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Array of pointers and pointer for arrays with argv

This is a discussion on Array of pointers and pointer for arrays with argv within the C Programming forums, part of the General Programming Boards category; Good afternoon. I was wondering why this program with a pointer for arrays with char (*argv)[100] doesn't work at all. ...

  1. #1
    Tears of the stars thames's Avatar
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    Array of pointers and pointer for arrays with argv

    Good afternoon. I was wondering why this program with a pointer for arrays with char (*argv)[100] doesn't work at all.

    I understand char (*argv)[100] is declaring a pointer for arrays with n lines and a maximum of 13 chars. And char *argv[] is declaring an array for n char pointers (strings). Therefore, I thought the program below would work as expected, printing thames thames thames when I input:

    Code:
     
      ./strcpy thames thames thames
    My line of thought was: "well, if I input less than 100 characters, everything will work just fine. "

    Code:
     
    #include <stdio.h> 
    #include <stdlib.h> /* for exit and malloc*/
    #include <string.h> 
    
    #ifndef MAXPOINTERS
      #define MAXPOINTERS 20
    #endif 
    
    #ifndef MAXCHARS
      #define MAXCHARS 100
    #endif    
    
    void Strcpy(char*, char*);
    char** Malloc2D(int, int);
    
    void Strcpy(char* s, char* t) 
    { 
       while( (*s++ = *t++) )
       ;
    }
    
    char** Malloc2D(int nPointers, int nChars)
    {
       int i; 
       char** strings;
       
       strings = malloc(nPointers * sizeof(char*));
       
       for(i = 0; i < nPointers; i++) 
       { 
         *(strings + i) = malloc(nChars * sizeof(char));  
       }
       
       return strings;            
    }     
    
    int main(int argc, char (*argv)[100]) 
    { 
       int i, j;
       char** s;
       
       
       if(argc < 2) 
       { 
         printf("Please enter [Executable][string]\n");  
         exit(0);
       }
       
       else if(argc >= MAXPOINTERS) 
       { 
         printf("You can write up to %d words", MAXPOINTERS);
         exit(0);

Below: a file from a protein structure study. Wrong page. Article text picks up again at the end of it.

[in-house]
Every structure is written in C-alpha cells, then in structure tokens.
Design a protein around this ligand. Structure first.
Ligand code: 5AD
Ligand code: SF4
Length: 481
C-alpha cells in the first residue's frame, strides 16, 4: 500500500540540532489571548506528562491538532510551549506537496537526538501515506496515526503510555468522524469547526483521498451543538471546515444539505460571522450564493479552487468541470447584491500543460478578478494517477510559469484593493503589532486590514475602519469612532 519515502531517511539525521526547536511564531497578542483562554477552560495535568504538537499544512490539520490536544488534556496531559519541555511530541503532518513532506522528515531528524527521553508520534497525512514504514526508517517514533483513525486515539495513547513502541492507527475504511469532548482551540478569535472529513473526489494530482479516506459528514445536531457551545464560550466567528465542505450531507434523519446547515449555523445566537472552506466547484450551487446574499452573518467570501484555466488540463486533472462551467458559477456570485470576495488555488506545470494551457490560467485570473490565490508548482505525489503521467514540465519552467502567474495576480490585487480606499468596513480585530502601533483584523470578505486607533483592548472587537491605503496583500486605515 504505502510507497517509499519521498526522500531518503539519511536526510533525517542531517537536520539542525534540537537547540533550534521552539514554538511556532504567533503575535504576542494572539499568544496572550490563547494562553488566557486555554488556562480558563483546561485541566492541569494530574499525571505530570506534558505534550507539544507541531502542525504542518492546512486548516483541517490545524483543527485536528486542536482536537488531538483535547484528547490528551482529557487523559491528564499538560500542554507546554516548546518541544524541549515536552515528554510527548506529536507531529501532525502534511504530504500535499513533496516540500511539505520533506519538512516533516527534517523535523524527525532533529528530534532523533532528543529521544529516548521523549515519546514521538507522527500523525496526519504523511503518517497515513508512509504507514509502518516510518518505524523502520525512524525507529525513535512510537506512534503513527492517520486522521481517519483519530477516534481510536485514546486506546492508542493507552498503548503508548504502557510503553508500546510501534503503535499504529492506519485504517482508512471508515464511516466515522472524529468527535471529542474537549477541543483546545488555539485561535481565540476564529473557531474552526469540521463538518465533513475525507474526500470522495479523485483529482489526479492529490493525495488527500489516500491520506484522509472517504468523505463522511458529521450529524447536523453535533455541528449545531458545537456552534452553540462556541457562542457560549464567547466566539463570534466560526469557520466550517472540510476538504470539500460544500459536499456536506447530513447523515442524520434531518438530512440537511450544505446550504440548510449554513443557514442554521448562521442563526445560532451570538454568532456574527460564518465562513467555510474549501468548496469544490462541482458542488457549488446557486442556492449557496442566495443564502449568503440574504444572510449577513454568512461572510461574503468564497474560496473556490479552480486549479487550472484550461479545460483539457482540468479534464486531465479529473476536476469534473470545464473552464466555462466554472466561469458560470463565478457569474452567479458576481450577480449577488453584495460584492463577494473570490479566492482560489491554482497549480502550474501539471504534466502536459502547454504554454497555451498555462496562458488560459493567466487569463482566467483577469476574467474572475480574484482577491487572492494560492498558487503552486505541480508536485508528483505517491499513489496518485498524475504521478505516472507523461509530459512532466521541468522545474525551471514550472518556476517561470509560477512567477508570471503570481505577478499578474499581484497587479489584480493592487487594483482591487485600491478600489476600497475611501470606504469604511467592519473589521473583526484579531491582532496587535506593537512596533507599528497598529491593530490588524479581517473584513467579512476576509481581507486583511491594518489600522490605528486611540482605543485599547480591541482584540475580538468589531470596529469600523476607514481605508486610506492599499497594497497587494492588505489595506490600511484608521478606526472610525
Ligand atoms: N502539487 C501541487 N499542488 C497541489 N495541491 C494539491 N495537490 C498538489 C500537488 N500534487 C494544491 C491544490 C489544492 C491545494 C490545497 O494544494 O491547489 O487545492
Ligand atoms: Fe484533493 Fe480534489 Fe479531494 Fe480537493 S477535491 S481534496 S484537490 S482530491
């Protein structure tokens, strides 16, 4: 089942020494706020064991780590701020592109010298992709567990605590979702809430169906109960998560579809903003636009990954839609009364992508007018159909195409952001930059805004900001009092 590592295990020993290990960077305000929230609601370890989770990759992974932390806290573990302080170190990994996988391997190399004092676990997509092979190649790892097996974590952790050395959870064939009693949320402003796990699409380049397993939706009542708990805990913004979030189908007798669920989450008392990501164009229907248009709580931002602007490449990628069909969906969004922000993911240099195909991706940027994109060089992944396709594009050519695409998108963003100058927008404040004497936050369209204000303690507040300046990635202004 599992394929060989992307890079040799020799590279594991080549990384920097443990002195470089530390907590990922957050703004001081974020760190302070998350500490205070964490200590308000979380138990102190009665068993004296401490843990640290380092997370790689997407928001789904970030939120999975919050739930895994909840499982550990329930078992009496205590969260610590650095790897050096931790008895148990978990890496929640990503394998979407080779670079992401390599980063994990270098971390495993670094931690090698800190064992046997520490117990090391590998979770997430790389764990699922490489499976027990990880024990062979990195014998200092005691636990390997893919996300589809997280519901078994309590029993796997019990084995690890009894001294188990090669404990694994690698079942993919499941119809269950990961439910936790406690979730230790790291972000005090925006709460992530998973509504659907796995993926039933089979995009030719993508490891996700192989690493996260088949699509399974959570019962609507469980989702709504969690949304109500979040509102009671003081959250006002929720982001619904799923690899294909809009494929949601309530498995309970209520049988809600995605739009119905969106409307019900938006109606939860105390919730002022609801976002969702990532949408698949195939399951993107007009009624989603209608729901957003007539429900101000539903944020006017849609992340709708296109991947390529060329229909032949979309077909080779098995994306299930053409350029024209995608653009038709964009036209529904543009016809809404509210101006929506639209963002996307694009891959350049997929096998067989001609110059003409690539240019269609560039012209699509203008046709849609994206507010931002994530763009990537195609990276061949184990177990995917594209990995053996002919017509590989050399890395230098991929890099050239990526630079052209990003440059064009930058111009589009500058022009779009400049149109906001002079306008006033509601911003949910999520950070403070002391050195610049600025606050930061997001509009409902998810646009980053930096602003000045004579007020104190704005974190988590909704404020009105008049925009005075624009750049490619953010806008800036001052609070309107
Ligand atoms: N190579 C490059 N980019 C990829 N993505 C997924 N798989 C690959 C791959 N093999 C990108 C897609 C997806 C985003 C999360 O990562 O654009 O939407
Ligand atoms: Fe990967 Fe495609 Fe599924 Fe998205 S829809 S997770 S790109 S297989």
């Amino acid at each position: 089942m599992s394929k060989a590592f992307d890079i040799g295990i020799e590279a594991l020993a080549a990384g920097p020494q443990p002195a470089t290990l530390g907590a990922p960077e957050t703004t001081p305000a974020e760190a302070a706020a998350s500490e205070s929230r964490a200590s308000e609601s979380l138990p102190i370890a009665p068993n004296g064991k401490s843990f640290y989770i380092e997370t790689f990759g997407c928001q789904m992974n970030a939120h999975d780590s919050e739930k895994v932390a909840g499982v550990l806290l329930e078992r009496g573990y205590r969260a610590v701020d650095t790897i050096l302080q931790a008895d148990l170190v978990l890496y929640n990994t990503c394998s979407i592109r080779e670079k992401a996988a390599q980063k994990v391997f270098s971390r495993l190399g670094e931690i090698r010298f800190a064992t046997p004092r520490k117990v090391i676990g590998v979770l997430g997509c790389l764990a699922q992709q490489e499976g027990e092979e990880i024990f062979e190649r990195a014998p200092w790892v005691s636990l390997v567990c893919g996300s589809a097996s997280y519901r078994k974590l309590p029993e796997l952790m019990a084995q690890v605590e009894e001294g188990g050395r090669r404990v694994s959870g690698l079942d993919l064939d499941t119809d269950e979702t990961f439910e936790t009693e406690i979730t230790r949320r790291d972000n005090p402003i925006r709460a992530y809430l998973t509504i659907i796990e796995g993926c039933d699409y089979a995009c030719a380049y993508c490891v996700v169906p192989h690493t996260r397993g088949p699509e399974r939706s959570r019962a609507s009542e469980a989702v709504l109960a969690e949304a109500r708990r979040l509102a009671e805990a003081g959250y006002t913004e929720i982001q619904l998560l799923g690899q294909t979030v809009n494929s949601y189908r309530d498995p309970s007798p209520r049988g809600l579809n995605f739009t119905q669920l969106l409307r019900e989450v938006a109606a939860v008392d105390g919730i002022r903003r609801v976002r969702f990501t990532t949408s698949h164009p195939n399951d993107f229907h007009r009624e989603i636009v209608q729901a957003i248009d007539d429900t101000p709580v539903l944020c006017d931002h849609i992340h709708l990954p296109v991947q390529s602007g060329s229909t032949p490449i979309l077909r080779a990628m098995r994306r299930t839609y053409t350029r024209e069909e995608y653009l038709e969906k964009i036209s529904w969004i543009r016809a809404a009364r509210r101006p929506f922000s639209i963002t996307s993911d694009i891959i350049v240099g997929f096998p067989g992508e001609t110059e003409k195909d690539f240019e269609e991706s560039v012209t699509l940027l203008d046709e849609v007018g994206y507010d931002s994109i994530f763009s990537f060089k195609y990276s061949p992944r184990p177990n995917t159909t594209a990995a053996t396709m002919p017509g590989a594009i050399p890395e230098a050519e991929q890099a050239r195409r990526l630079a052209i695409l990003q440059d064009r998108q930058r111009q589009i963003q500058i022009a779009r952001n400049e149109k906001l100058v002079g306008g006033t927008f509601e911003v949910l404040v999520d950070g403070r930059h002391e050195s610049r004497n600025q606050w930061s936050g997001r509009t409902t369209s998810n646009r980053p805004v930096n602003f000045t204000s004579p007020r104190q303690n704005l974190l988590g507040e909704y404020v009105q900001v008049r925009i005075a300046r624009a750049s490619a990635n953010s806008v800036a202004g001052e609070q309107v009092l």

}        
       
       s = Malloc2D(MAXPOINTERS, MAXCHARS);
       
       for(j = 1, i = 0; i < argc - 1; i++, j++) 
       { 
          Strcpy(s[i], argv[j]);  
       }        
       
       printf("\nThe strings which were input are:\n\n");
       for(i = 0; i < argc - 1; i++) 
       { 
          printf("%d.\t%s\n", i + 1, s[i]);   
       }         
       
       return 0;
    }

  2. #2
    SAMARAS std10093's Avatar
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    When i compile it
    Code:
    Macintosh-c8bcc88e5669-9:~ usi$ gcc -Wall px.c -o px
    px.c:38: warning: second argument of ‘main’ should be ‘char **’
    I think here is something you should read.
    Last edited by std10093; 12-02-2012 at 09:10 AM. Reason: damaged url
    Code - functions and small libraries I use


    It’s 2014 and I still use printf() for debugging.


    "Programs must be written for people to read, and only incidentally for machines to execute. " —Harold Abelson

  3. #3
    Tears of the stars thames's Avatar
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    Quote Originally Posted by std10093 View Post
    When i compile it
    Code:
    Macintosh-c8bcc88e5669-9:~ usi$ gcc -Wall px.c -o px
    px.c:38: warning: second argument of ‘main’ should be ‘char **’
    I think [URL="http://www.cprogramming.com/tutorial/c/lesson14.html"]here/URL] is something you should read.
    I knew about this warning, but I'd like to understand why, considering what I said, char (*argv)[50] wouldn't work. will that notation work in another function for what I wanted to print ?

    edit:

    for example, instead of argv I have char (*str)[50] and I want to print thames

    do I have to write char *str[50] to print the output as expected ? why? if I have n letters and I tried to print less than 50 letters?
    Last edited by thames; 12-02-2012 at 09:11 AM.

  4. #4
    Registered User whiteflags's Avatar
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    I think looking up the type would be illuminating.

    char (*str)[50]
    declare str as pointer to array 50 of char

    char *str[50]
    declare str as array 50 of pointer to char

    So there is a difference, and argv is just a list of pointers at least argc long. And argv[argc] is guaranteed to be NULL.
    thames and AndiPersti like this.

  5. #5
    Tears of the stars thames's Avatar
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    I think looking up the type would be illuminating
    I got the idea.

    And argv[argc] is guaranteed to be NULL
    this is interesting, I didn't know that. Thanks.

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